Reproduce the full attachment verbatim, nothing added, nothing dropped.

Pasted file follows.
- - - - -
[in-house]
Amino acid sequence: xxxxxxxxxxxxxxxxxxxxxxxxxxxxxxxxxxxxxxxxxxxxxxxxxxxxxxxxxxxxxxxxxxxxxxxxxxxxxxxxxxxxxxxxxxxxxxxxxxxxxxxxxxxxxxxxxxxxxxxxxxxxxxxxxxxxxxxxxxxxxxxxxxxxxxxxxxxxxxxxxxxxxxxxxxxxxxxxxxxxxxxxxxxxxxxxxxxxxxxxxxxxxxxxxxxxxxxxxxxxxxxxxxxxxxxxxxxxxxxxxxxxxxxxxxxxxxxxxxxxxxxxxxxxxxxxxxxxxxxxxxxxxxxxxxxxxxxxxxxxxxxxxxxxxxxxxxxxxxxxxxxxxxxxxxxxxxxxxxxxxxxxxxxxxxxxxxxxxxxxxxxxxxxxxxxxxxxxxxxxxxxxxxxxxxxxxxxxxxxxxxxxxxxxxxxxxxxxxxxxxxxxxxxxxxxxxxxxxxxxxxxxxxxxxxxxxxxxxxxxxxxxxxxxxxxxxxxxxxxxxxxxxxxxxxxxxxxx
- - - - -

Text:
[in-house]
Amino acid sequence: xxxxxxxxxxxxxxxxxxxxxxxxxxxxxxxxxxxxxxxxxxxxxxxxxxxxxxxxxxxxxxxxxxxxxxxxxxxxxxxxxxxxxxxxxxxxxxxxxxxxxxxxxxxxxxxxxxxxxxxxxxxxxxxxxxxxxxxxxxxxxxxxxxxxxxxxxxxxxxxxxxxxxxxxxxxxxxxxxxxxxxxxxxxxxxxxxxxxxxxxxxxxxxxxxxxxxxxxxxxxxxxxxxxxxxxxxxxxxxxxxxxxxxxxxxxxxxxxxxxxxxxxxxxxxxxxxxxxxxxxxxxxxxxxxxxxxxxxxxxxxxxxxxxxxxxxxxxxxxxxxxxxxxxxxxxxxxxxxxxxxxxxxxxxxxxxxxxxxxxxxxxxxxxxxxxxxxxxxxxxxxxxxxxxxxxxxxxxxxxxxxxxxxxxxxxxxxxxxxxxxxxxxxxxxxxxxxxxxxxxxxxxxxxxxxxxxxxxxxxxxxxxxxxxxxxxxxxxxxxxxxxxxxxxxxxxxxxx